Puget Sound fish farming unlikely to be the single cause of Chinook extinction, NOAA says
Jul 13, 2022, 3:19 AM | Updated: 8:29 am
90% of all seafood consumed in U.S. markets is imported, half of which is farmed through aquaculture, the process of raising and harvesting aquatic commercial products. The Puget Sound is home to four such facilities that farm steelhead trout in underwater pens which environmentalists claim endanger native species. The National Oceanic and Atmospheric Administration (NOAA), in an analysis of those aquaculture facilities, claims they are not likely to be the single cause of the extinction of Chinook salmon.
Those four pens are owned by Cooke Aquaculture, a company that, up until recent years, farmed Atlantic salmon in Puget Sound waters until their fish pens outside Cypress Island broke, spilling an estimated 4,000 non-native salmon into the Sound and the Pacific Ocean. Cooke Aquaculture would settle with the nonprofit Wild Fish Conservancy in 2019, agreeing to transition their product to native steelhead trout.
Cooke’s leases on four pens in Skagit Bay, Clam Bay, Fort Ward, and Orchard Rocks, five-year leases issued between 2020 and 2021, have withstood recent challenges in the Washington State Supreme Court. In January, the court handed down a unanimous ruling upholding the permits through a challenge by environmental groups including the Wild Fish Conservancy.
Following that decision, NOAA released a biological opinion — risk analysis of aquaculture’s impact on native, threatened, or endangered species — in the assessment of Cooke’s leases through the EPA.
The opinion concludes that the lease “is not likely to jeopardize the continued existence of Chinook salmon, steelhead, Hood Canal summer-run chum … Further, we conclude that the proposed action is not likely to result in the destruction or adverse modification of the designated critical habitats for any of the listed species.”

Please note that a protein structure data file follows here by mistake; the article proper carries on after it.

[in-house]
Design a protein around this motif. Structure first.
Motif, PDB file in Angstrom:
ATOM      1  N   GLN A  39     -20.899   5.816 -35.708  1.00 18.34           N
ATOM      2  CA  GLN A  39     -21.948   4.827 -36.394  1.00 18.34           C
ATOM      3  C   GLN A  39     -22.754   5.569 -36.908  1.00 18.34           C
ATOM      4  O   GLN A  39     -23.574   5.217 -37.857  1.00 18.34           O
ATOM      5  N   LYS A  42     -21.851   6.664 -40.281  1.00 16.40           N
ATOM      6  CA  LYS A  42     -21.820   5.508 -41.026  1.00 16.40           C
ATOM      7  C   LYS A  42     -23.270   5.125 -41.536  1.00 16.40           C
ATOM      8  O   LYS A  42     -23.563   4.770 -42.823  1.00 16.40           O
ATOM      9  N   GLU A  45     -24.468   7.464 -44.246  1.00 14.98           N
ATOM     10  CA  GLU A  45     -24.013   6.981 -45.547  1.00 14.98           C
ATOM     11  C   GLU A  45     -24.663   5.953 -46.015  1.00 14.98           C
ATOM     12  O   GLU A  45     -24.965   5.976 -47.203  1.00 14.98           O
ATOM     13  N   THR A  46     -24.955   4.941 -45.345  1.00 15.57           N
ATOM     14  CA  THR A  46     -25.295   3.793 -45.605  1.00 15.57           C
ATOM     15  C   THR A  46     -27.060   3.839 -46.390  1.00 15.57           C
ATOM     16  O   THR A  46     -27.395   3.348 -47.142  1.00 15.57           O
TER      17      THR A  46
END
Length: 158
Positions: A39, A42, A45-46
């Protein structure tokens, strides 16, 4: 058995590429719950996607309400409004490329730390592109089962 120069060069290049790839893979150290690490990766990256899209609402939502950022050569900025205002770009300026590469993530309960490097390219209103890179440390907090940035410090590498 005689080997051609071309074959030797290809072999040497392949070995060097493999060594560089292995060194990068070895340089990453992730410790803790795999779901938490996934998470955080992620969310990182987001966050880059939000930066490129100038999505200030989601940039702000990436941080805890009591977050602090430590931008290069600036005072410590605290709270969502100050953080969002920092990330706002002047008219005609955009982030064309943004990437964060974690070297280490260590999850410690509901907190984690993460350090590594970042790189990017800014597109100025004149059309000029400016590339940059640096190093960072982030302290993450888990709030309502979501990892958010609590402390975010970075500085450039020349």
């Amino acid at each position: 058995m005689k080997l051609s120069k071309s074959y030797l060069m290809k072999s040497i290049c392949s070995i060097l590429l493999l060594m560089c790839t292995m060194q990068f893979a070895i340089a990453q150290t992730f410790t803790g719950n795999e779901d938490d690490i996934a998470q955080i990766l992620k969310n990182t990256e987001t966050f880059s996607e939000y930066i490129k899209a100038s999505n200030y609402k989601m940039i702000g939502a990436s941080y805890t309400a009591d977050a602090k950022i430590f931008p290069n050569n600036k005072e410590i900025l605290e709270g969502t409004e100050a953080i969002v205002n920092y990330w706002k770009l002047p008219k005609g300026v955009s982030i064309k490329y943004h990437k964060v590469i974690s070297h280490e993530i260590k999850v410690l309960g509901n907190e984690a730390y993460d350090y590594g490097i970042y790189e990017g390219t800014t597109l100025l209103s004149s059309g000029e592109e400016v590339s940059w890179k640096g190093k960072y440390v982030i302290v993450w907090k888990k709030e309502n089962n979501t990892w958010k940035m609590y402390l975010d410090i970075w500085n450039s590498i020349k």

The opinion analyzed a number of potential impacts the pens could have on native species, largely concluding that the farmed fish will “adversely impact” native species and habitat, with the clarification that the pens alone are not likely to bring endangered species such as Chinook salmon to extinction.
Inslee, GOP spar over push to breach Snake River dams as endangered salmon populations decline
“After years of meticulous research and study, the scientists at NOAA have concluded, with full scientific certainty, that net-pen aquaculture in Puget Sound is safe for the environment and safe for the endangered species that live in these waters,” Northwest Aquaculture Alliance president Jim Parsons wrote in a statement.
“The fact that this industry is celebrating their operations won’t cause the immediate extinction of our threatened and endangered species, but rather will only continue to contribute to their decline is an unacceptably low bar,” Emma Helverson, executive director with the Wild Fish Conservancy, wrote in a statement.
In clarifying the discrepancies between how the two organizations have interpreted the opinion, NOAA spokesperson Michael Milstein told MyNorthwest:
“It’s not to the point of jeopardizing the future of the species … while there could be some impacts, it’s not rising to the level of destroying or adversely modifying to the fact that a [pen] can’t be used anymore.”
Potentially damaging effects of fish farming include the use of antibiotics, fertilizers, and disinfectants which can damage sediment and water quality, escaped fish which can disrupt the gene pool of wild fish, producing hybrid offspring that are too weak to survive.